When I discovered that newbooks magazine would be having a Maggie O’Farrell retrospective (nb 88- available now from here) I thought I would go some way to putting right the oversight which means that up until now I had not read any of her books. I found her 4th novel dating from 2006 sitting on the local library shelves and although this was my first Maggie O’Farrell it will not be the last.
Esme has been incarcerated in a psychiatric hospital for over sixty years. When the hospital is due for closure her grand-niece who has never heard of Esme’s existence takes responsibility. This is a beautifully written novel imbued throughout with a sense of what might have been. Esme’s life before her time in hospital flashbacks through her mind, her sister Kitty’s thoughts ramble in the haze of Alzheimer’s and Iris, the niece, has her own issues holding her back.
It is a novel of restraint, both in how the characters have been held back by their circumstances and the spare effective style. I felt completely captivated by Esme’s unpredictability and her personal tragedies and was horrified by her family’s ignorance and ill-treatment of her .O’Farrell builds the story beautifully and the plot twists and turns are shocking yet realistic. Motives and actions that might seem far-fetched in the hands of less talented writers are made convincingly plausible. I found it very difficult to put the book down and the catastrophe of Esme’s needless sixty year hospitalisation will stay with me for some time.
I love an author willing to let a cat in on the act!
Maggie O’Farrell is from Northern Ireland and currently lives in Edinburgh. She won the Costa Best Novel award in 2010 for “The Hand That First Held Mine”. In 2013 she was shortlisted for the same prize for “Instructions For A Heatwave”. Her latest novel “This Must Be The Place” is published in May 2016. I have some catching up to do.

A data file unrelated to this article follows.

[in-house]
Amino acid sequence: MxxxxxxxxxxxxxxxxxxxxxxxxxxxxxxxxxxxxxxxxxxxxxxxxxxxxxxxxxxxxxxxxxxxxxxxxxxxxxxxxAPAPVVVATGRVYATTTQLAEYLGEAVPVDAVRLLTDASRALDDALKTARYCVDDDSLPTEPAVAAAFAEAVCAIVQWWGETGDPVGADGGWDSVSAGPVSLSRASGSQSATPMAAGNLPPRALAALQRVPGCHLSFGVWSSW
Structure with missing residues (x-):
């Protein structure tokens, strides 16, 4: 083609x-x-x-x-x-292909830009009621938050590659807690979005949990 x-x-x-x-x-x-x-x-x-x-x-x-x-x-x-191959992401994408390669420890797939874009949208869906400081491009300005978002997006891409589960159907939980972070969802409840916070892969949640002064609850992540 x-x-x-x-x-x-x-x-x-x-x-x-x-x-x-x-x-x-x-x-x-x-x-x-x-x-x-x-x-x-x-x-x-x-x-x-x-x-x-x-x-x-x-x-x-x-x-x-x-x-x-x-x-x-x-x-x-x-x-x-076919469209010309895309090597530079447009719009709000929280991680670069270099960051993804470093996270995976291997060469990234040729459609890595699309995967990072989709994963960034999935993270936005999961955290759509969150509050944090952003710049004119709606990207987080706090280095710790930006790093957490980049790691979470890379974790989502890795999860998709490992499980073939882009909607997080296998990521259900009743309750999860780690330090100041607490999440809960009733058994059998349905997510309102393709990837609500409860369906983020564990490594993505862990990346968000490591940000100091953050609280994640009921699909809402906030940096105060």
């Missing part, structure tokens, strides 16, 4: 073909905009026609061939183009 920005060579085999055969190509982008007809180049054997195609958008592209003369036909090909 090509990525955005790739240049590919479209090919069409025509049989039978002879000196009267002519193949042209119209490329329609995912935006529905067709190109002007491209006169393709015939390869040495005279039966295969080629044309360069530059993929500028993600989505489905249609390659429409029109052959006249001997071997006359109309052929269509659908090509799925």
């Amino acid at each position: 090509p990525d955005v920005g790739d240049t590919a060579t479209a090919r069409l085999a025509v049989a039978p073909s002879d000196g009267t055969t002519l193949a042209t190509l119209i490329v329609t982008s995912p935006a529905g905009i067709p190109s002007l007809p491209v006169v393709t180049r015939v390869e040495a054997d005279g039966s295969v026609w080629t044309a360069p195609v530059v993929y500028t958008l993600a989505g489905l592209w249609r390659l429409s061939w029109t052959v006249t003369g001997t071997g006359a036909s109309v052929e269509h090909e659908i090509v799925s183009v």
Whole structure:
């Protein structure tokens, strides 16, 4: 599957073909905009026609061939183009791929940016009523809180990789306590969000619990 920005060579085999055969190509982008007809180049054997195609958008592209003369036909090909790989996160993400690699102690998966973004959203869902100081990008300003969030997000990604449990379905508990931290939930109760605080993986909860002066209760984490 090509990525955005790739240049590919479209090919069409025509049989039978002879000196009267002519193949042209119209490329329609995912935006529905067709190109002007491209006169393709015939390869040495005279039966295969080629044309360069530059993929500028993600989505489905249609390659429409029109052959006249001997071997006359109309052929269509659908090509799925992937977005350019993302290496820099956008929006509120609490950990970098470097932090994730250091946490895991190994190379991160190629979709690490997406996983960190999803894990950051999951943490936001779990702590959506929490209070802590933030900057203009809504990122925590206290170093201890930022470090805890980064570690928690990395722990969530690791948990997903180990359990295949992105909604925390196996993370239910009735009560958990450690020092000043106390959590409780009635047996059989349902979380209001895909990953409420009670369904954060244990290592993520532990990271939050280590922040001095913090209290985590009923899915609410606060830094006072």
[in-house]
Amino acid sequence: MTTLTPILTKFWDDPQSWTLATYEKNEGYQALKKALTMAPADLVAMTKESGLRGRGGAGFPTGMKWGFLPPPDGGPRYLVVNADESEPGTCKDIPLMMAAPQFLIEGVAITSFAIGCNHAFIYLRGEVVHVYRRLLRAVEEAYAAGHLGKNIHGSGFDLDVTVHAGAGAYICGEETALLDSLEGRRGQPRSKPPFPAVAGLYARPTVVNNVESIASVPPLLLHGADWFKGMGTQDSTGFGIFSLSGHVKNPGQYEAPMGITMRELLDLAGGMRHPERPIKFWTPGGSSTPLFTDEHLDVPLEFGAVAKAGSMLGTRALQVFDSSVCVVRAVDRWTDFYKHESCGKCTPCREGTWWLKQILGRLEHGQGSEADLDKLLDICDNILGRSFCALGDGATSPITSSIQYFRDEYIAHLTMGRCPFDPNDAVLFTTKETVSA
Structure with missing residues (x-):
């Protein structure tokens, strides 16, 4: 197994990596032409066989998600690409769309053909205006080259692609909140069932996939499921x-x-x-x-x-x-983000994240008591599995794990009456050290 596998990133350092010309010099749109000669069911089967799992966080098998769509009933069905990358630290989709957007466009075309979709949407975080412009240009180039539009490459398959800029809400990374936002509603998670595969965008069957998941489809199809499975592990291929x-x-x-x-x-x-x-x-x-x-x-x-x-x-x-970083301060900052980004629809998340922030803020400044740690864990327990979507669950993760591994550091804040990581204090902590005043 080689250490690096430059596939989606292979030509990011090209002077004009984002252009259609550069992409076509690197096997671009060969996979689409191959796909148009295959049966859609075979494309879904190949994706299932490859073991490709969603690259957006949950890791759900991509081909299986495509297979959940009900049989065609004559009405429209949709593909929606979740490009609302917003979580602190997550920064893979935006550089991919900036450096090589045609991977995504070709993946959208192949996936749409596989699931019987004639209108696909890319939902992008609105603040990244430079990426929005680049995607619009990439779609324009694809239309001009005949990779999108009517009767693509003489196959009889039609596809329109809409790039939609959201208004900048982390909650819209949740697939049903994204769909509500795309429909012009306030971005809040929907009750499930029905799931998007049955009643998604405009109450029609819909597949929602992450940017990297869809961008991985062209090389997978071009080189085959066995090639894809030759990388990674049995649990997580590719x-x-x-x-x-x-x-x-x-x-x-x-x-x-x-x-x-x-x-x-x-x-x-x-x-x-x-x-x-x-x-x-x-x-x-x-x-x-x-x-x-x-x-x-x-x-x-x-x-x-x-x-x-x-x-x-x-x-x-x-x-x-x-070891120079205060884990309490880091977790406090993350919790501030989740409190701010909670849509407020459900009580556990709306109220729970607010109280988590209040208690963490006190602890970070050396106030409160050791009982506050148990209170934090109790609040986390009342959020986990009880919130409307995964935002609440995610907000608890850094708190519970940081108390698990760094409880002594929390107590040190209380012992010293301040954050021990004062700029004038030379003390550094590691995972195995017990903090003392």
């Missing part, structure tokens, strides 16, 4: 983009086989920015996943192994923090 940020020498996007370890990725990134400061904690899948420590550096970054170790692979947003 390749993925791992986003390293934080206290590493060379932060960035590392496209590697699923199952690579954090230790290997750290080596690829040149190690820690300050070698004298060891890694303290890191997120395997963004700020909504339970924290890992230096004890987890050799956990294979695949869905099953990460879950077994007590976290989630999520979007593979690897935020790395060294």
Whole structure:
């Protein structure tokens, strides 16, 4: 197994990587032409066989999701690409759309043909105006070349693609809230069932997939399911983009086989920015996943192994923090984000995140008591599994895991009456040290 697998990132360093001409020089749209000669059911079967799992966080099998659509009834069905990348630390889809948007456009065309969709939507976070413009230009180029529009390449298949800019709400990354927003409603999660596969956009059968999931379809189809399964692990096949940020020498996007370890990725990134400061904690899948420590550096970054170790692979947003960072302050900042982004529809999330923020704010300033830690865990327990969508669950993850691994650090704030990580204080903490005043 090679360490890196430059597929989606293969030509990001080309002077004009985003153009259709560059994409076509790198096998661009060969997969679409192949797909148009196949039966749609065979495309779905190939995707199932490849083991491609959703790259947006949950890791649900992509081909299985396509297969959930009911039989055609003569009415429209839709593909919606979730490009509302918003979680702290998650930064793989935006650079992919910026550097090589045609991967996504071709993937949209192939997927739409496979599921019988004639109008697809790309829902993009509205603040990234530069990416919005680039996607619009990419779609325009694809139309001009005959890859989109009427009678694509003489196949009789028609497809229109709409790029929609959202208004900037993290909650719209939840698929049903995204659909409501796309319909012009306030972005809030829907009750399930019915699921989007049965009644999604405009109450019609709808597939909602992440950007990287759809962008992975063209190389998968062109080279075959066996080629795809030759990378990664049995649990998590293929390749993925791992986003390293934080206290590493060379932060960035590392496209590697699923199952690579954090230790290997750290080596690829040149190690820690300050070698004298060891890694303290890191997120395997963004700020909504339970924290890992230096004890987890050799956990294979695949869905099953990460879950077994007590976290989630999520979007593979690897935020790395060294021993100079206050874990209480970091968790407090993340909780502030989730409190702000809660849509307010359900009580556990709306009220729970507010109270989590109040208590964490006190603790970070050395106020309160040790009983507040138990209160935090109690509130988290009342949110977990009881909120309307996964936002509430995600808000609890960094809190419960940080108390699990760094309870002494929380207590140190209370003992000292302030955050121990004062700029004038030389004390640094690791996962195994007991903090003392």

The Vanishing Act Of Esme Lennox was published in 2006. I read the hardback published by Headline. The paperback is published by Tinder Press.
5 thoughts on “100 Essential Books – The Vanishing Act Of Esme Lennox- Maggie O’Farrell (Headline 2006)”
I read something similar to this a few years ago. A young woman in the nineteen twenties had been raped and subsequently had a child. Her story of the rape was not believed by her family and her mother, who sounded like the woman from hell, had her put away. It was her brother that fought for many years to have her released and was eventually successful, but by then the damage had been done. It was compelling reading if harrowing at times and had me reduced to tears on more than one ocassion, it stayed with me for a long time. It’s hard to believe that people were incarcerated in psychiatric hospitals for trivial things and not so long ago either. This book sounds like something I would like. Another good review Phil.
If you haven’t read this author before, Kay, I think she is well worth discovering.
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